Chipmaker Arm has discovered three vulnerabilities within the Mali GPU kernel driver. Evidence has been found in the wild that one exploit, tracked as CVE-2023-4211, has come under active exploitation in the wild.
Mali is a line of graphics processing units (GPU) that runs on a host of devices, including hardware running Linux, Chromebooks, Google Pixels and Android handsets.
“A local non-privileged user can make improper GPU memory processing operations to gain access to already freed memory,” Arm says in an advisory. “ There is evidence that this vulnerability may be under limited, targeted exploitation. Users are recommended to upgrade if they are impacted by this issue,” warns the report.
The company explains that a local non-privileged user can make improper GPU processing operations to access a limited amount outside of buffer bounds. In this case, a buffer is a sequential section of memory allocated to contain anything from a character string to an array of integers. Writing outside the bounds of a block of allocated memory can corrupt data, crash the program or cause the execution of malicious code.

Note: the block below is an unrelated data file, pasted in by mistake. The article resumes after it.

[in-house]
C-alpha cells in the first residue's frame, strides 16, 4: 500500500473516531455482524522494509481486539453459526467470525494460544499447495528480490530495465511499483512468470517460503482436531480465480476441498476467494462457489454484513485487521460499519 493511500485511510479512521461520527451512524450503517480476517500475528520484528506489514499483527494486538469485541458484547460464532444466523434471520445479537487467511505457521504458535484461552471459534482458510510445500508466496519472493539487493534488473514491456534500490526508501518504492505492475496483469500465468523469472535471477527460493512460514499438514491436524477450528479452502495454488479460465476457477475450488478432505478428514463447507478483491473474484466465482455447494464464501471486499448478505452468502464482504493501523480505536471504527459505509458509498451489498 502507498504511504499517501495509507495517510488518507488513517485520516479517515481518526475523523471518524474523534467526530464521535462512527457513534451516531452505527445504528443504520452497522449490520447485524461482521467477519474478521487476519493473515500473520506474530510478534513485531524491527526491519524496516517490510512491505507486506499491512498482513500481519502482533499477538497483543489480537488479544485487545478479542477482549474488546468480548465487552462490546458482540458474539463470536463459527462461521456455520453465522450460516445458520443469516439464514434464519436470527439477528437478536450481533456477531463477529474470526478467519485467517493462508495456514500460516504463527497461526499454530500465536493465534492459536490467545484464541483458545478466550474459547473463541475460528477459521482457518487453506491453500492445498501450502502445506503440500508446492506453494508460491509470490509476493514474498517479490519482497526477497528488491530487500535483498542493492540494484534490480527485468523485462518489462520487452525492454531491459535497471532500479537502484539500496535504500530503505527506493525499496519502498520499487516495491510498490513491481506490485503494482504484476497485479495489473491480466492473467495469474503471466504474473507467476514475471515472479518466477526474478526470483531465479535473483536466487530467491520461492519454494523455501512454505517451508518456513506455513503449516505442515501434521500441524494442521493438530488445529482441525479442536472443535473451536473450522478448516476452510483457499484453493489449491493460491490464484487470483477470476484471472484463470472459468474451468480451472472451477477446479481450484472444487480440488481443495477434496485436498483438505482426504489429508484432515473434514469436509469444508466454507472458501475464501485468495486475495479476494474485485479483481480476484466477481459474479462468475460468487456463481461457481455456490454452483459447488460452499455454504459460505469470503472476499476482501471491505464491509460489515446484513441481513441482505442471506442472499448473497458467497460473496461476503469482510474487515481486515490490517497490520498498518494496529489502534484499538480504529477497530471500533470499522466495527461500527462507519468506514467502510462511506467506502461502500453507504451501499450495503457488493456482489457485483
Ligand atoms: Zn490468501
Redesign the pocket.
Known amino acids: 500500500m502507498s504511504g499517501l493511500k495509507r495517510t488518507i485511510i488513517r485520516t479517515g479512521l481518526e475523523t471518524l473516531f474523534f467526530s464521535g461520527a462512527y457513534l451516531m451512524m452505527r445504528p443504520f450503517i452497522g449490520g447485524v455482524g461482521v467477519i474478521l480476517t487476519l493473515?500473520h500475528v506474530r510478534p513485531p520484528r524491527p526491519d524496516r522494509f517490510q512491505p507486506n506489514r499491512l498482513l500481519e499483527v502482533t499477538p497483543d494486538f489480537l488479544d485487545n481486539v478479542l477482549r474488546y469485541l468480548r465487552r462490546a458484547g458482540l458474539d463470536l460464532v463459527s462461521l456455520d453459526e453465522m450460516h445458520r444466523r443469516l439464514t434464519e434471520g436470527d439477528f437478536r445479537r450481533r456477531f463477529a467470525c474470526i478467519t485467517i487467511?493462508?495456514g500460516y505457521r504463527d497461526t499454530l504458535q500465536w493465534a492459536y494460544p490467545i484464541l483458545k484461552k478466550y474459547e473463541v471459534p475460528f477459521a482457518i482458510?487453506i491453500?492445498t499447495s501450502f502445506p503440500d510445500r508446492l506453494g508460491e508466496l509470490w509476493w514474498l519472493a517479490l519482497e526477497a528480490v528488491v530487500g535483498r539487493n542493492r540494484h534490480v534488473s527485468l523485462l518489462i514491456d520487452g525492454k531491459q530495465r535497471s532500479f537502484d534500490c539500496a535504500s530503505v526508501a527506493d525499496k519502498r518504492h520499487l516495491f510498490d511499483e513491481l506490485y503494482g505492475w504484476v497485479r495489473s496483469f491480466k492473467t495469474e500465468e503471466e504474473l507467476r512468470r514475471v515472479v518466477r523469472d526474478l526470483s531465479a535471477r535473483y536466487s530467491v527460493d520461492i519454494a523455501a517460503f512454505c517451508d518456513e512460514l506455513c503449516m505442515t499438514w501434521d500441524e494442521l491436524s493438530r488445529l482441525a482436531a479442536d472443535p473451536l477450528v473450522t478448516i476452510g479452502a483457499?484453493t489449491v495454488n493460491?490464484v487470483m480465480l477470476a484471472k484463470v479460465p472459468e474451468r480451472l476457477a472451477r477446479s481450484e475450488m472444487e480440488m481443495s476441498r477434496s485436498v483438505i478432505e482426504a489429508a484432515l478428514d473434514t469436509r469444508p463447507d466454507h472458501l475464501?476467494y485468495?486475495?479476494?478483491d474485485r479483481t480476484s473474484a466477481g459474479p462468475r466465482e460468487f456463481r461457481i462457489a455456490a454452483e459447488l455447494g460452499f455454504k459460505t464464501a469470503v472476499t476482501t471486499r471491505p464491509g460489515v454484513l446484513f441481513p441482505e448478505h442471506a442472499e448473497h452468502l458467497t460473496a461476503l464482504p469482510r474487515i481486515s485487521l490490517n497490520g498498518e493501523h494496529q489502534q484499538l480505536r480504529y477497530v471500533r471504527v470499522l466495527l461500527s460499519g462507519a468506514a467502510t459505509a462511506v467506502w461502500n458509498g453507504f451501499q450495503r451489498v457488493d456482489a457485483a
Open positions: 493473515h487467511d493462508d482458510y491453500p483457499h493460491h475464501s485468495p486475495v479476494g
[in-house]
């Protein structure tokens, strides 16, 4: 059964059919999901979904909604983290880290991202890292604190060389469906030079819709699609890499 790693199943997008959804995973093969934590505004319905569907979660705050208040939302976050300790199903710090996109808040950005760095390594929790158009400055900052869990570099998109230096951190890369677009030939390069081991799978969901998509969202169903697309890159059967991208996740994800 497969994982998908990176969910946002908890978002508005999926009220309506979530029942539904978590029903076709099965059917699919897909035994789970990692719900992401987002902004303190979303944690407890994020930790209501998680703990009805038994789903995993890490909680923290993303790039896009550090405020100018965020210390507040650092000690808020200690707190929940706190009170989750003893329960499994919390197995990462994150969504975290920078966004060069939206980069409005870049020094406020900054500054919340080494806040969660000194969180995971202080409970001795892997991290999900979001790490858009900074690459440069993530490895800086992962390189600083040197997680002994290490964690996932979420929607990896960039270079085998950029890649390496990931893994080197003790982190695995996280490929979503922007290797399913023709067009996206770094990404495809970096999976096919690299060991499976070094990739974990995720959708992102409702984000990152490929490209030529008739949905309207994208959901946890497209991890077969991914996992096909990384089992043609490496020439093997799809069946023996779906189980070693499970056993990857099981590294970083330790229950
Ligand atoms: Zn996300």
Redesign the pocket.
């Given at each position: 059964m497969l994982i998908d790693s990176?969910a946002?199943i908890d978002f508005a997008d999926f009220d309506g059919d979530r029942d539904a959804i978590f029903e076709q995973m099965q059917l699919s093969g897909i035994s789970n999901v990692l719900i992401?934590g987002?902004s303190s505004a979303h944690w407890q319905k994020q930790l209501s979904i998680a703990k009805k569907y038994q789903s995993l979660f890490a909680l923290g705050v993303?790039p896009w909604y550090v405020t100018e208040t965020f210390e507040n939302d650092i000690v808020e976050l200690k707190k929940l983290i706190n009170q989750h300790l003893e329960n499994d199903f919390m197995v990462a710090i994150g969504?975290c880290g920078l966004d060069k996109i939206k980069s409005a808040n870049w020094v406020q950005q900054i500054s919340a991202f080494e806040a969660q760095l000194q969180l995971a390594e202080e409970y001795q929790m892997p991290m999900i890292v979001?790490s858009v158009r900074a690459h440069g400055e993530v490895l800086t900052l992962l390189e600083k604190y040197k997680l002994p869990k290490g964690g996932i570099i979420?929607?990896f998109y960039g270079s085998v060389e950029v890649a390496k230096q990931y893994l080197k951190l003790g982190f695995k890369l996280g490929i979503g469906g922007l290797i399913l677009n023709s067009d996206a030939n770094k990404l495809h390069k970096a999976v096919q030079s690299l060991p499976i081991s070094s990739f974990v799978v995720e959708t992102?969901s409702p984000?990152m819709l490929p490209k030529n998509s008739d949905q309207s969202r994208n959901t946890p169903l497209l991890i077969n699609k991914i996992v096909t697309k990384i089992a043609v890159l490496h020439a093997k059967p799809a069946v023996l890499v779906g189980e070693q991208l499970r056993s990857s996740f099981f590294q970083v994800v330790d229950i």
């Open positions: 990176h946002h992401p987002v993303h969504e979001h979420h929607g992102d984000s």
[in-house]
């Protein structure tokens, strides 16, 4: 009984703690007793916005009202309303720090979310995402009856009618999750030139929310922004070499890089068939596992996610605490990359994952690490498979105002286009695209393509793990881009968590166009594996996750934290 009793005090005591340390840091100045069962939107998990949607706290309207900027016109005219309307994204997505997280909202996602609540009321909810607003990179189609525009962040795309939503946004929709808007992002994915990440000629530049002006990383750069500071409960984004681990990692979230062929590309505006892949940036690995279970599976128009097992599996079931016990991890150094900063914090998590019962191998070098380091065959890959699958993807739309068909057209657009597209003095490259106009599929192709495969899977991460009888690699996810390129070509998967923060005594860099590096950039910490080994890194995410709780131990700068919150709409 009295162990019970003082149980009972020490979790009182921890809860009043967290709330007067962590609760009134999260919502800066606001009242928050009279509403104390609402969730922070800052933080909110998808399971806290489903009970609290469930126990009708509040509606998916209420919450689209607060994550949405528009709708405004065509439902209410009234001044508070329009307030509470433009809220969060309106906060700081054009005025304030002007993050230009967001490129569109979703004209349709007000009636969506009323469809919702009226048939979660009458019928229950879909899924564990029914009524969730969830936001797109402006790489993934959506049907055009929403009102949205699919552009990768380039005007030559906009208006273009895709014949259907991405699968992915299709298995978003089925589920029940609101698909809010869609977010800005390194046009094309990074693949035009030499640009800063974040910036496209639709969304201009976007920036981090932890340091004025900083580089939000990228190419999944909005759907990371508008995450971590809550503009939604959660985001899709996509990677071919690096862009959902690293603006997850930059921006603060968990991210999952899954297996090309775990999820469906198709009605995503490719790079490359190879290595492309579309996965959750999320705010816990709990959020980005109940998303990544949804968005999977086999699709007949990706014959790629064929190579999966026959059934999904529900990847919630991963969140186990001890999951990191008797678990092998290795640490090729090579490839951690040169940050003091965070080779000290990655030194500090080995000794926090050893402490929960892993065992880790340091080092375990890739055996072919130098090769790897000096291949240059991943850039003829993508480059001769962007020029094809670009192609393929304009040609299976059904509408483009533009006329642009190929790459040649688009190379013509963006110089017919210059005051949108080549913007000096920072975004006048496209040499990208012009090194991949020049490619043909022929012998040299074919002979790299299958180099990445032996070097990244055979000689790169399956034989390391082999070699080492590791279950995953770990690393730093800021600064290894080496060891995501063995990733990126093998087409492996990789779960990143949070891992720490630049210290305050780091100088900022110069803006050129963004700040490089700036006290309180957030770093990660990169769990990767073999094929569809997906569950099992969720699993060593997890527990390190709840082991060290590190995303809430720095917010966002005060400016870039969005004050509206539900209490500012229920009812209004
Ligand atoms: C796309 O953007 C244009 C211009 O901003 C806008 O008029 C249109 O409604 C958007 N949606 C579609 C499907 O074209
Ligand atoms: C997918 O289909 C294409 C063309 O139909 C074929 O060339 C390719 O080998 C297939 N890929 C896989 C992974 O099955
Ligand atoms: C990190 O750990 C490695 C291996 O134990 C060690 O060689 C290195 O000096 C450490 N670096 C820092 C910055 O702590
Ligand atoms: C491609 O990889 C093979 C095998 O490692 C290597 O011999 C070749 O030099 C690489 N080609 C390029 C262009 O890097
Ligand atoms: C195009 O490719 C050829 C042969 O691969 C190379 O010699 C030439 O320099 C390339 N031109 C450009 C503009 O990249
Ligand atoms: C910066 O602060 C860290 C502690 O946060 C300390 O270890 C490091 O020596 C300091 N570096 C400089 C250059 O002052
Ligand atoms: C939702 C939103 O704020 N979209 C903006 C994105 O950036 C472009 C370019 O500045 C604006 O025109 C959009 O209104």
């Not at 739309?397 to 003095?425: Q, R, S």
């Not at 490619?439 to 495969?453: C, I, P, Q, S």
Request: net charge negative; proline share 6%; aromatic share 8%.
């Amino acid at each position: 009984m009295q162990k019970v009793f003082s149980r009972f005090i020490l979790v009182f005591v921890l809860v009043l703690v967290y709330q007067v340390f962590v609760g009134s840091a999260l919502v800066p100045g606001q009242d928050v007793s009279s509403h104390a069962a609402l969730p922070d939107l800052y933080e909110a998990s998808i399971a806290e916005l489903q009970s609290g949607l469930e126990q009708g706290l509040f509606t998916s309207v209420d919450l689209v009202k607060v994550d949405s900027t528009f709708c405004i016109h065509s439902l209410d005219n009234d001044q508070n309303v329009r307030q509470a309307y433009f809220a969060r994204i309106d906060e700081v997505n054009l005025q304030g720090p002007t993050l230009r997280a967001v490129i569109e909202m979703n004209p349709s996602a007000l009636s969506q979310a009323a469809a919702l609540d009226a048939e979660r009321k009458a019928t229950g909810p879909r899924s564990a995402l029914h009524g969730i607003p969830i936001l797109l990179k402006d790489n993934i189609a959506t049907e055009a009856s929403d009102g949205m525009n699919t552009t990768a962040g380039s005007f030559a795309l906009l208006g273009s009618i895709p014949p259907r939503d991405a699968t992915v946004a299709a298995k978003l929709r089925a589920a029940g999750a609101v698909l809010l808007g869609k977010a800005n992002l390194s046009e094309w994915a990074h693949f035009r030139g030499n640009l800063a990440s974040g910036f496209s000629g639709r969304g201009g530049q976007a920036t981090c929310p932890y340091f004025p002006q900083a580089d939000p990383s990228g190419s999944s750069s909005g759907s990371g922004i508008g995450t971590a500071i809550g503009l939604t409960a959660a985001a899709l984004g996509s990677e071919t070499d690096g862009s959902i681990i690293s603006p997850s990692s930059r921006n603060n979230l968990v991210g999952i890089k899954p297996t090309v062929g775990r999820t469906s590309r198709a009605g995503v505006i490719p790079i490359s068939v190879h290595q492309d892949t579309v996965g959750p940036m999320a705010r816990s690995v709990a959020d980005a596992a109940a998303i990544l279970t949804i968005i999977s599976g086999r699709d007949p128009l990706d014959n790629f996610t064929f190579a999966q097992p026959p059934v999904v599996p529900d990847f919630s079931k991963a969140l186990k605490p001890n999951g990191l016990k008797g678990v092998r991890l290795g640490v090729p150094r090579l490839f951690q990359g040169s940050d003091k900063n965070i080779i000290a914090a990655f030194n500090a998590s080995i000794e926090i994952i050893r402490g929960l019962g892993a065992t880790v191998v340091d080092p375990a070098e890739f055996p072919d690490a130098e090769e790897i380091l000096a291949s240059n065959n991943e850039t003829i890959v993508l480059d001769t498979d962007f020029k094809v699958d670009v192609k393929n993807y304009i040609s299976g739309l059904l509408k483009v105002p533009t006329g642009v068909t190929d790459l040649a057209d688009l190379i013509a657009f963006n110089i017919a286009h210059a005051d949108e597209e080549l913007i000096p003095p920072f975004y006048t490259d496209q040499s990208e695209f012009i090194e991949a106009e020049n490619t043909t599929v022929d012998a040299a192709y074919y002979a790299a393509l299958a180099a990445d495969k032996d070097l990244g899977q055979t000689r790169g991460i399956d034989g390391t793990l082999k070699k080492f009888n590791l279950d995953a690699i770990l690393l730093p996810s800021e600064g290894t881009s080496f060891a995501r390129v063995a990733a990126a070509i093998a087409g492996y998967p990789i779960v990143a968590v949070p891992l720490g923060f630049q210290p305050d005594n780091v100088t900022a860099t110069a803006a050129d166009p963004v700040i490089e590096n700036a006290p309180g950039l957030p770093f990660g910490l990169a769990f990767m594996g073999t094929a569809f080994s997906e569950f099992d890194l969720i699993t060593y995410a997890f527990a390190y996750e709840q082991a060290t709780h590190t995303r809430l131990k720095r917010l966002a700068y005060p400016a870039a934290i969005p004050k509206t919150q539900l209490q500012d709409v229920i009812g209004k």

“If the system’s memory is carefully prepared by the user,” continues the report, “then this in turn could give them access to already freed memory,” allowing an attacker to inject the system with malicious code, giving them the chance to exploit other vulnerabilities or to install malicious software such as ransomware or spyware.
The most common platform affected by the vulnerability is Google, whose Chromebooks and Android handsets have already received their own patches, which can be found here.
Two other vulnerabilities in the Mali GPU kernel driver were also resolved by Arm. CVE-2023-33200 and CVE-2023-34970 could both give a local non-privileged user to “exploit a software race condition” leading to inappropriate access to already freed memory, as with above, leading to risks of malicious code injection or data theft.
This is the second near miss the company has experienced this year. In May, Arm’s TrustZone-enabled Cortex-M-based systems were successfully attacked.
In a statement at the time, the organisation said, “The Security Extensions for the Armv8-M architecture do not claim to protect against side-channel attacks due to control flow or memory access patterns. Indeed, such attacks are not specific to the Armv8-M architecture; they may apply to any code with secret-dependent control flow or memory access patterns. Arm works to improve security and enable the ecosystem to build more secure solutions”.